Southern Dallas Auto Thefts, Drug Crimes Trend Upward

auto thefts
Person stealing car | Image by Daniel Jedzura/Shutterstock

Southern Dallas has been seeing a rise in Council Member Carolyn King Arnold’s District 4, with crimes like motor vehicle theft and burglary jumping up year over year in October.

As previously reported by The Dallas Express, Arnold’s district clocked the third-highest Crime Score increase last month, logging a 27.2% bump. Year to date, criminal activity has been ticking up in the council district despite the best efforts of Dallas police.

District 4 is situated south of Downtown, comprising most everything north of Loop 12 but south of the Trinity River between I-35E and I-45, including the Cedar Crest and Five Mile Creek neighborhoods.

As of November 21, there have been 1,183 auto thefts logged by the City this year, marking a 42.7% hike from the 829 offenses recorded in 2022 during the same period, per the City of Dallas crime overview dashboard.

Drug offenses are up by about 48.7%. Some 843 incidents are on the books this year compared to the 567 reported in 2022 year to date. Furthermore, burglaries — of both homes and businesses — saw an uptick of 5.3%, with such crimes jumping from 285 to 300.

The Dallas Police Department’s ability to fight crime has been hampered by its long-standing staff shortage. There are fewer than 3,200 officers in the field despite a City analysis recommending that some 4,000 are needed to properly maintain public safety.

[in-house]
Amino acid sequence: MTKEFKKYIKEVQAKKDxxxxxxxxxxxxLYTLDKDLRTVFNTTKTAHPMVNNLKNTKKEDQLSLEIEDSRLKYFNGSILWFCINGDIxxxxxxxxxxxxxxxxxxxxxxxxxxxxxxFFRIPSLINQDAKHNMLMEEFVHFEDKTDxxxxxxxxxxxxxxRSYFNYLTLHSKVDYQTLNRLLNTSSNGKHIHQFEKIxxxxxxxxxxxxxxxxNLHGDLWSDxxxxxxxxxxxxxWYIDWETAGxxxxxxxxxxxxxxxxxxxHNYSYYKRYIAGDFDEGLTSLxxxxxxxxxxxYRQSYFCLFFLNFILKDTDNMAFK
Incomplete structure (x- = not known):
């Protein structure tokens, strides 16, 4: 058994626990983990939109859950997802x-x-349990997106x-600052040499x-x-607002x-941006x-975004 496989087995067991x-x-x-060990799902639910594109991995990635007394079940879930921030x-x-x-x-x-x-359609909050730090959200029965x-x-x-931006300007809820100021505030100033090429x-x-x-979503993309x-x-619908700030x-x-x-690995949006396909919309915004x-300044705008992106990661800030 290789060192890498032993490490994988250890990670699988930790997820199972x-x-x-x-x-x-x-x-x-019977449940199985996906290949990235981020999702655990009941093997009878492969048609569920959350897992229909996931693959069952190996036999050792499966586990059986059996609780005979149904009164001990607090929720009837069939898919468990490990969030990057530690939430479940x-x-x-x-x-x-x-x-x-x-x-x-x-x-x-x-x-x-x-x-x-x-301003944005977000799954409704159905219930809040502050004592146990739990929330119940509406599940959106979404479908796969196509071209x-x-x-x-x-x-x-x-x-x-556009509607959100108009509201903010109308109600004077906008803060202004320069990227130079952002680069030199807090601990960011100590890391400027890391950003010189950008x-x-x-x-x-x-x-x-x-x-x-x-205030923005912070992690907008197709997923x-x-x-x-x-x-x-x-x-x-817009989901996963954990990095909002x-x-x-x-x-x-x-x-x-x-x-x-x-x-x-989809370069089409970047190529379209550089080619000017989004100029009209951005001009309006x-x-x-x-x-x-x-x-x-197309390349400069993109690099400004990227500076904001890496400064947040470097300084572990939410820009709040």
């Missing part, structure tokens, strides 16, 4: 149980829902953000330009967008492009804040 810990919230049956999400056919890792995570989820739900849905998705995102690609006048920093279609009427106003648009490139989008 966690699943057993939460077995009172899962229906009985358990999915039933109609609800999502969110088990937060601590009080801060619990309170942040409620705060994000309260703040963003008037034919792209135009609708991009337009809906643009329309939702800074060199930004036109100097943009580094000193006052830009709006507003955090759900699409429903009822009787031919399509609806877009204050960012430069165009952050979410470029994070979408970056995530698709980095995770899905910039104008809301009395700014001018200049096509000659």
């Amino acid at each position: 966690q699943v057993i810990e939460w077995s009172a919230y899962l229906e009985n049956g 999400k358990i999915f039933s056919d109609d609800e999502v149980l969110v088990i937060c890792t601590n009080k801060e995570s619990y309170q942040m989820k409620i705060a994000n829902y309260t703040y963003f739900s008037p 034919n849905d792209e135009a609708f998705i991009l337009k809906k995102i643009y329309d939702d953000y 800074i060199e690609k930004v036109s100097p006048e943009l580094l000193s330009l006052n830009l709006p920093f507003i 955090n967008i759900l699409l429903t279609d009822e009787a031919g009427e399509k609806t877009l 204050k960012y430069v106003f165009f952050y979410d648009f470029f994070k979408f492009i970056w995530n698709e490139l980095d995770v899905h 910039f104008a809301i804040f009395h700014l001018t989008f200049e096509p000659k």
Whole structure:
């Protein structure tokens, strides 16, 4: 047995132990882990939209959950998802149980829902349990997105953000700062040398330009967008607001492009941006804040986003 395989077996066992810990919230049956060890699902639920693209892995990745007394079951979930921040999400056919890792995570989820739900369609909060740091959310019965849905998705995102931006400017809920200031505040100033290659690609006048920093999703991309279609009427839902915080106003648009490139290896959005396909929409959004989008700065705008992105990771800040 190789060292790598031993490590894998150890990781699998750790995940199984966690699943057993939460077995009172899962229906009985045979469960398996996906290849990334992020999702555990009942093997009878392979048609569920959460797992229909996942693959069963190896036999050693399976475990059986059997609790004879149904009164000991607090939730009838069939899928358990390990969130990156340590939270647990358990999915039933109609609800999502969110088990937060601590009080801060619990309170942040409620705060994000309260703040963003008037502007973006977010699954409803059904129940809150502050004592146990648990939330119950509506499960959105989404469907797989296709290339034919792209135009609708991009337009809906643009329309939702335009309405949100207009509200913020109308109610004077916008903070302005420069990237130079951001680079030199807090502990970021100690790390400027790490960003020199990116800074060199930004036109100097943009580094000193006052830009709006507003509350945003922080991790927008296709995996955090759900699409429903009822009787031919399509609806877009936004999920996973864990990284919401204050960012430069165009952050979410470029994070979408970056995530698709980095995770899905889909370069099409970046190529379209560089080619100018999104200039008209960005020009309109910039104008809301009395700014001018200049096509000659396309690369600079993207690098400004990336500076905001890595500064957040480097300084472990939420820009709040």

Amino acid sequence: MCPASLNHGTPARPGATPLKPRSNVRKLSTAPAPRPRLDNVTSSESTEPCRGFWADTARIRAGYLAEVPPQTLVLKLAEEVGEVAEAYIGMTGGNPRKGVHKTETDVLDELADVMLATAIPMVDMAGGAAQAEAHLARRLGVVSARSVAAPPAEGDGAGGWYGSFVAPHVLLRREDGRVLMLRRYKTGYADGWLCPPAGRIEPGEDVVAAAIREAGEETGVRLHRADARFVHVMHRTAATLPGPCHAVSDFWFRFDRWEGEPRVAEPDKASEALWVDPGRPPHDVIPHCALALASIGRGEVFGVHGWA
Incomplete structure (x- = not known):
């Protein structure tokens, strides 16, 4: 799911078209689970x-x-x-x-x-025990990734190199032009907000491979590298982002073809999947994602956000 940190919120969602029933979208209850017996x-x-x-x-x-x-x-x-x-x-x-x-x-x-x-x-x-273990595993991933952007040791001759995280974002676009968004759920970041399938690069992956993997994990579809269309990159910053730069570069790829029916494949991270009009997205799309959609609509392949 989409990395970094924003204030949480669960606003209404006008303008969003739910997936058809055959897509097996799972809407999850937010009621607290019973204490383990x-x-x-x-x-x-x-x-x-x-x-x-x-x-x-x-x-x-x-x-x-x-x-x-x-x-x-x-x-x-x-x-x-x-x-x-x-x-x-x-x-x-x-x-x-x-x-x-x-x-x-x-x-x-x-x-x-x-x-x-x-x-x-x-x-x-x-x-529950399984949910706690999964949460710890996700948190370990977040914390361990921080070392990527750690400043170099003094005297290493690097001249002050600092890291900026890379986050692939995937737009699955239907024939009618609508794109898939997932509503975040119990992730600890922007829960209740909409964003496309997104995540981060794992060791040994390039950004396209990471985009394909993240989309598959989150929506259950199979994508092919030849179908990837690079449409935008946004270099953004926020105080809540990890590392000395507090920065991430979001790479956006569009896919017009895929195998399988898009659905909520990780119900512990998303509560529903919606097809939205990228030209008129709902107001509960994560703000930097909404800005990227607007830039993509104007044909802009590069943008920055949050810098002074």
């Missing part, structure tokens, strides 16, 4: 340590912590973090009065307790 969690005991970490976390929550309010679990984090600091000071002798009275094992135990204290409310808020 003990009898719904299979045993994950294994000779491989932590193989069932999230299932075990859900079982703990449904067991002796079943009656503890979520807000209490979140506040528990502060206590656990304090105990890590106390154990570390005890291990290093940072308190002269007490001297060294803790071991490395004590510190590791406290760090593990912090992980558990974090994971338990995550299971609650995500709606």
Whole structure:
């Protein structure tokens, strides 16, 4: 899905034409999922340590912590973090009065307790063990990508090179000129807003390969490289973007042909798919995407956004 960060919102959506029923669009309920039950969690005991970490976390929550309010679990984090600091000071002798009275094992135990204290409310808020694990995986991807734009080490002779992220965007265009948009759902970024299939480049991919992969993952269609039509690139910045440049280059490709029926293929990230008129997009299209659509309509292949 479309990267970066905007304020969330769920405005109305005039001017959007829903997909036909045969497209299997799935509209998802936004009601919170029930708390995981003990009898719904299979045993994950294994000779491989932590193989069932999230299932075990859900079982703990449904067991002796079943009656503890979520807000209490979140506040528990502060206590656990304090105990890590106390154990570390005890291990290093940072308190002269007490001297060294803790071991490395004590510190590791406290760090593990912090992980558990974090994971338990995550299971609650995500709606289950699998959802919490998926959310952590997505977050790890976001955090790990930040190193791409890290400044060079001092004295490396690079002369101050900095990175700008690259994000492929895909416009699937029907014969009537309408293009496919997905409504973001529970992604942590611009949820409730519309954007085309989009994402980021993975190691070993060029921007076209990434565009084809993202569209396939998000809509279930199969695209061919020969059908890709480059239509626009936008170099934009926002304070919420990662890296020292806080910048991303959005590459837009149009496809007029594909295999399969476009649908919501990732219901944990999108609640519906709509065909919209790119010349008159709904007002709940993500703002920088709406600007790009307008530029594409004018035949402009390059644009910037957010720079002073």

The shortage has been especially felt in Downtown Dallas, where significantly higher crime rates are logged compared to Fort Worth’s city center, which is reportedly patrolled by a special neighborhood police unit that works alongside private security guards.

Council Member Arnold’s office could not immediately be reached for comment.

The Dallas Express, The People’s Paper, believes that important information about the city, such as crime rates and trends, should be easily accessible to you. Dallas has more crime per capita than hotspots like Chicago, Philadelphia, Los Angeles, and New York, according to data from the FBI’s UCR database.

How did your area stack up on crime? Check out our interactive Crime Map to compare all Dallas City Council Districts. Curious how we got our numbers? Check out our methodology page here.

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